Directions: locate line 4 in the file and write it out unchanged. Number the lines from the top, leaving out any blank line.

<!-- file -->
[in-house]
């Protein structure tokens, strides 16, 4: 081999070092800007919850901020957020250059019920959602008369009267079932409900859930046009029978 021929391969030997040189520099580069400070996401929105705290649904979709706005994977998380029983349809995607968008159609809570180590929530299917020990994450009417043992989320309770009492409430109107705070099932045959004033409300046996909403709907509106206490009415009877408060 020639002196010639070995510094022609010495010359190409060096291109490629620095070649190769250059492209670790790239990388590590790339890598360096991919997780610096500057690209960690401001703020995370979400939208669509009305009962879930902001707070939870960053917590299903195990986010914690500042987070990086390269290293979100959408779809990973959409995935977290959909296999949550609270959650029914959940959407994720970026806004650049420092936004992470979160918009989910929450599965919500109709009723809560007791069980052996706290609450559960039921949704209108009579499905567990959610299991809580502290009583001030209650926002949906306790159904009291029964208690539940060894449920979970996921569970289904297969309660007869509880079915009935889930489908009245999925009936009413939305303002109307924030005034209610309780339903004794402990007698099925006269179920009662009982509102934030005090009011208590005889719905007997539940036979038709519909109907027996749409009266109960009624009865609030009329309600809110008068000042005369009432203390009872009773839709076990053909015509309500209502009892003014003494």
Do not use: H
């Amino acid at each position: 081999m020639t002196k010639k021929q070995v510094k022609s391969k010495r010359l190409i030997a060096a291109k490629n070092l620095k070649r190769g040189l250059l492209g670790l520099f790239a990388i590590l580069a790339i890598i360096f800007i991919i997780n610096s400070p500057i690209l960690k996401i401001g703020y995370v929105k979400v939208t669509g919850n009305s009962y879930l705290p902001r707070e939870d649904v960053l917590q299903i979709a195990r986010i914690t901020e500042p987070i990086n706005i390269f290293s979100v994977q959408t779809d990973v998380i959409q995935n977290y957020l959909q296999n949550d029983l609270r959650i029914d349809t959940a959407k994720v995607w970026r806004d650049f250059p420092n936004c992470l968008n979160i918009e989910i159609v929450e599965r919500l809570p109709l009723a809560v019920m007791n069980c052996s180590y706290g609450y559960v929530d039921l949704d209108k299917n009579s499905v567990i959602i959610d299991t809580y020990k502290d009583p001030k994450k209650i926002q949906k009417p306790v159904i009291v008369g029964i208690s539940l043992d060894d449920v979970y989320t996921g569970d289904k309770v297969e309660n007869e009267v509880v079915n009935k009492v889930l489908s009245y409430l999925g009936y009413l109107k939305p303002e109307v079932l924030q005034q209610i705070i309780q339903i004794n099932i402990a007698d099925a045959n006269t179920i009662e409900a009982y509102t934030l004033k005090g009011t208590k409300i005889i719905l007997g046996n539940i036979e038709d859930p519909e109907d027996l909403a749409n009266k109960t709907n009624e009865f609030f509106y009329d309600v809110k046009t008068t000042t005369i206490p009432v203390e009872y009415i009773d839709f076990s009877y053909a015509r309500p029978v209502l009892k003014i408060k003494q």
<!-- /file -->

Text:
């Amino acid at each position: 081999m020639t002196k010639k021929q070995v510094k022609s391969k010495r010359l190409i030997a060096a291109k490629n070092l620095k070649r190769g040189l250059l492209g670790l520099f790239a990388i590590l580069a790339i890598i360096f800007i991919i997780n610096s400070p500057i690209l960690k996401i401001g703020y995370v929105k979400v939208t669509g919850n009305s009962y879930l705290p902001r707070e939870d649904v960053l917590q299903i979709a195990r986010i914690t901020e500042p987070i990086n706005i390269f290293s979100v994977q959408t779809d990973v998380i959409q995935n977290y957020l959909q296999n949550d029983l609270r959650i029914d349809t959940a959407k994720v995607w970026r806004d650049f250059p420092n936004c992470l968008n979160i918009e989910i159609v929450e599965r919500l809570p109709l009723a809560v019920m007791n069980c052996s180590y706290g609450y559960v929530d039921l949704d209108k299917n009579s499905v567990i959602i959610d299991t809580y020990k502290d009583p001030k994450k209650i926002q949906k009417p306790v159904i009291v008369g029964i208690s539940l043992d060894d449920v979970y989320t996921g569970d289904k309770v297969e309660n007869e009267v509880v079915n009935k009492v889930l489908s009245y409430l999925g009936y009413l109107k939305p303002e109307v079932l924030q005034q209610i705070i309780q339903i004794n099932i402990a007698d099925a045959n006269t179920i009662e409900a009982y509102t934030l004033k005090g009011t208590k409300i005889i719905l007997g046996n539940i036979e038709d859930p519909e109907d027996l909403a749409n009266k109960t709907n009624e009865f609030f509106y009329d309600v809110k046009t008068t000042t005369i206490p009432v203390e009872y009415i009773d839709f076990s009877y053909a015509r309500p029978v209502l009892k003014i408060k003494q």